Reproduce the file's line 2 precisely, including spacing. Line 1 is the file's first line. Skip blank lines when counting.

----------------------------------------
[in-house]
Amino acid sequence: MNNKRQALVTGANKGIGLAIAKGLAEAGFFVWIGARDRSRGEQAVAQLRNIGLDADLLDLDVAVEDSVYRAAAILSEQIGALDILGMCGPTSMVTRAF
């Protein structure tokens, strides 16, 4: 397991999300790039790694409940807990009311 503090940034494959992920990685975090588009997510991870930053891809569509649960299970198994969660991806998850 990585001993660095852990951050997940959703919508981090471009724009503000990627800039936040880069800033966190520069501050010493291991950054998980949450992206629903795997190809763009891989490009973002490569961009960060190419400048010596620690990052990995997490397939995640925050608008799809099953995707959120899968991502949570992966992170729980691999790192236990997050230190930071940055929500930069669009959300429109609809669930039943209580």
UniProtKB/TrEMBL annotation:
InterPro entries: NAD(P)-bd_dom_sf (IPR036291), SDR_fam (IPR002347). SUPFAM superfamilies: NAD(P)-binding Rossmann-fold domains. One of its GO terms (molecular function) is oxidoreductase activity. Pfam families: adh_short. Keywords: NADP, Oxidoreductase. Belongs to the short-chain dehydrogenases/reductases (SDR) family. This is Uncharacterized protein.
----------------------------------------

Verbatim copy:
Amino acid sequence: MNNKRQALVTGANKGIGLAIAKGLAEAGFFVWIGARDRSRGEQAVAQLRNIGLDADLLDLDVAVEDSVYRAAAILSEQIGALDILGMCGPTSMVTRAF